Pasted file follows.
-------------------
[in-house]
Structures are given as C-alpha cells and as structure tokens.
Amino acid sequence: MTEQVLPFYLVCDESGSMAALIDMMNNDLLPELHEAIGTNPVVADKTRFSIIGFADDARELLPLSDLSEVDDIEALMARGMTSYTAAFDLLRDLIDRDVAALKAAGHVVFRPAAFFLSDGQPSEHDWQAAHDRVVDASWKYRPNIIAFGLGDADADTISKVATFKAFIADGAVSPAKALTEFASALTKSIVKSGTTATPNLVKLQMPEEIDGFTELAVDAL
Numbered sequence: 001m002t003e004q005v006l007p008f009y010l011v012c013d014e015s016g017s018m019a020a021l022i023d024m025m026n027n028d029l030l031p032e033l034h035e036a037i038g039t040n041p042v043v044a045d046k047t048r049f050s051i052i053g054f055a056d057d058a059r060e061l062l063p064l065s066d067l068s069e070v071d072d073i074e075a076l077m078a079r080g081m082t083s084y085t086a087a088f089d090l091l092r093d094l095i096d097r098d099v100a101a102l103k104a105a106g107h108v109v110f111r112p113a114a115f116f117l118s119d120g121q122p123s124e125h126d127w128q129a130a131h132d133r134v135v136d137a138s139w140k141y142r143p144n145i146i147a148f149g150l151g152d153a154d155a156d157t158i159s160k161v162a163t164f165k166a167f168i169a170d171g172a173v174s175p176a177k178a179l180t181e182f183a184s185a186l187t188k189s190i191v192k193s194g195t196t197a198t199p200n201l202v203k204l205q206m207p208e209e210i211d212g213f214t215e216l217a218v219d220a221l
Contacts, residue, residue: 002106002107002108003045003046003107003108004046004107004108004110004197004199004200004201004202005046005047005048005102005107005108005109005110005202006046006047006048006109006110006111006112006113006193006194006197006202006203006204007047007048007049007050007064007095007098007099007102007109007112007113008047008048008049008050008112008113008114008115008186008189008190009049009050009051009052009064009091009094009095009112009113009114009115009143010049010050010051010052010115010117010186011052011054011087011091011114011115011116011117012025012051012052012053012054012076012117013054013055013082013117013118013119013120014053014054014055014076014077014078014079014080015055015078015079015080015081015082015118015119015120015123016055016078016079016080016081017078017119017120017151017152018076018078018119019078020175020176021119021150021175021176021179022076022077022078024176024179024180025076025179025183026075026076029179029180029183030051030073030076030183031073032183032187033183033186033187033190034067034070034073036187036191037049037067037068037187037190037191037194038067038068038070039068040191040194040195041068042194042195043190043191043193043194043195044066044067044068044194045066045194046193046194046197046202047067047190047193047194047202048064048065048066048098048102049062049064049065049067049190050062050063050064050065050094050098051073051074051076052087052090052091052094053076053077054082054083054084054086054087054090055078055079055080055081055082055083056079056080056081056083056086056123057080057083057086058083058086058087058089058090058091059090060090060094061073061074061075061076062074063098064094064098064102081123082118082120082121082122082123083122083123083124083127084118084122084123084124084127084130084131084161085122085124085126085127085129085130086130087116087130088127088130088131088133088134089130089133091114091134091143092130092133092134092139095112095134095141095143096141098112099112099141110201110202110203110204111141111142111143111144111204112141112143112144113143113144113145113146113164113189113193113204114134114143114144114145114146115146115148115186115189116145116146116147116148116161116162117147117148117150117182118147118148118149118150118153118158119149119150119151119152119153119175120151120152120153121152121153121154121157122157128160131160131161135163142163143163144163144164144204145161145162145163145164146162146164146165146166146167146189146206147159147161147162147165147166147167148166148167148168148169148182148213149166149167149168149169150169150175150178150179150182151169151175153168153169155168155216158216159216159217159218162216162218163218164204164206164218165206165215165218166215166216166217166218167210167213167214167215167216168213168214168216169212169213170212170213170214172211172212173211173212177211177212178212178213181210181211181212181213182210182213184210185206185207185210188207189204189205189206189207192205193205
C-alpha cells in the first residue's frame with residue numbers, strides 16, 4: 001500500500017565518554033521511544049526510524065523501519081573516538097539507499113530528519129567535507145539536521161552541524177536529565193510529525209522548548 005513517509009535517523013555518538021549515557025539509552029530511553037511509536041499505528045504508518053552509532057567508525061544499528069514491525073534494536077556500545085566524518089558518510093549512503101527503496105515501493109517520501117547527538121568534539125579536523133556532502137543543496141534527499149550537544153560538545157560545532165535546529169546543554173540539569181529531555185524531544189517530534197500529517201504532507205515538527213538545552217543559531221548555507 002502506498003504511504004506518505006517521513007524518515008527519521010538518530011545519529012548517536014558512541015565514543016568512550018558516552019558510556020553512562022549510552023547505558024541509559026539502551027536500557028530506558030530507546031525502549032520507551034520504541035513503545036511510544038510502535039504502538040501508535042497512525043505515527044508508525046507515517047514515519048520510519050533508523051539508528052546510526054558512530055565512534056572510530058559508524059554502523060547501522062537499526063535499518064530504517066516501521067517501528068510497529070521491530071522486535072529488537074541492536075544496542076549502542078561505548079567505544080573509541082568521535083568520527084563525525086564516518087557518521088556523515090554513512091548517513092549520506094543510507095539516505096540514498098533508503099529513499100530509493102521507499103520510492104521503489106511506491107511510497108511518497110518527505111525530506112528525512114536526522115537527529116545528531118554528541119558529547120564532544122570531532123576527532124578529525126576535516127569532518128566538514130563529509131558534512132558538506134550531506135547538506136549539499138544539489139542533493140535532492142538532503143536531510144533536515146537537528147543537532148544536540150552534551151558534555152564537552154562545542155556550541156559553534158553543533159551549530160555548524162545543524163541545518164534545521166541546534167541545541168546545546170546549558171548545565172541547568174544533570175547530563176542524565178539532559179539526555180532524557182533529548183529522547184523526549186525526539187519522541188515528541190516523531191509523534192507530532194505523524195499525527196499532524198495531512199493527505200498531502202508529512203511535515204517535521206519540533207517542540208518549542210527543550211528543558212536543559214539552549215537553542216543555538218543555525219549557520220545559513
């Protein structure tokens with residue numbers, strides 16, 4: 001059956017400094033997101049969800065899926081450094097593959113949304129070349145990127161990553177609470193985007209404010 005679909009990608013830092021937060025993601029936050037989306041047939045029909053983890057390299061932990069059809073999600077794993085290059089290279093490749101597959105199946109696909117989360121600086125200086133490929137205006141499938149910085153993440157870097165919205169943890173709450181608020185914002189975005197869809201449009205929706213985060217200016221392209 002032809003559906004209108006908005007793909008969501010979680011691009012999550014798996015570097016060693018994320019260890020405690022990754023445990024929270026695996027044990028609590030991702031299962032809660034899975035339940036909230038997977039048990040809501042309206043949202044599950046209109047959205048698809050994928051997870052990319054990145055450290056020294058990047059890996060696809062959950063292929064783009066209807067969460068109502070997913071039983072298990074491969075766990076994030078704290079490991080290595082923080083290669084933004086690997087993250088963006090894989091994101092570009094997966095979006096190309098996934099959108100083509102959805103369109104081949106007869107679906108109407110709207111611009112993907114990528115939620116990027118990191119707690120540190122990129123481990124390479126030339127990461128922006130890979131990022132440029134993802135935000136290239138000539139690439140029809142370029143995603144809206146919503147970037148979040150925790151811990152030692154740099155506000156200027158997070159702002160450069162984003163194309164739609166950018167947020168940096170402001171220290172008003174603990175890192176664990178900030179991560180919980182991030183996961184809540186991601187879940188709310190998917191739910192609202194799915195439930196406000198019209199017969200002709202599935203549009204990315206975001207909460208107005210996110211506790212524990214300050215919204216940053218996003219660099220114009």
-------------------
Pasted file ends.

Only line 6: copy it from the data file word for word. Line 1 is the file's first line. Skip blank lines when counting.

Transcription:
C-alpha cells in the first residue's frame with residue numbers, strides 16, 4: 001500500500017565518554033521511544049526510524065523501519081573516538097539507499113530528519129567535507145539536521161552541524177536529565193510529525209522548548 005513517509009535517523013555518538021549515557025539509552029530511553037511509536041499505528045504508518053552509532057567508525061544499528069514491525073534494536077556500545085566524518089558518510093549512503101527503496105515501493109517520501117547527538121568534539125579536523133556532502137543543496141534527499149550537544153560538545157560545532165535546529169546543554173540539569181529531555185524531544189517530534197500529517201504532507205515538527213538545552217543559531221548555507 002502506498003504511504004506518505006517521513007524518515008527519521010538518530011545519529012548517536014558512541015565514543016568512550018558516552019558510556020553512562022549510552023547505558024541509559026539502551027536500557028530506558030530507546031525502549032520507551034520504541035513503545036511510544038510502535039504502538040501508535042497512525043505515527044508508525046507515517047514515519048520510519050533508523051539508528052546510526054558512530055565512534056572510530058559508524059554502523060547501522062537499526063535499518064530504517066516501521067517501528068510497529070521491530071522486535072529488537074541492536075544496542076549502542078561505548079567505544080573509541082568521535083568520527084563525525086564516518087557518521088556523515090554513512091548517513092549520506094543510507095539516505096540514498098533508503099529513499100530509493102521507499103520510492104521503489106511506491107511510497108511518497110518527505111525530506112528525512114536526522115537527529116545528531118554528541119558529547120564532544122570531532123576527532124578529525126576535516127569532518128566538514130563529509131558534512132558538506134550531506135547538506136549539499138544539489139542533493140535532492142538532503143536531510144533536515146537537528147543537532148544536540150552534551151558534555152564537552154562545542155556550541156559553534158553543533159551549530160555548524162545543524163541545518164534545521166541546534167541545541168546545546170546549558171548545565172541547568174544533570175547530563176542524565178539532559179539526555180532524557182533529548183529522547184523526549186525526539187519522541188515528541190516523531191509523534192507530532194505523524195499525527196499532524198495531512199493527505200498531502202508529512203511535515204517535521206519540533207517542540208518549542210527543550211528543558212536543559214539552549215537553542216543555538218543555525219549557520220545559513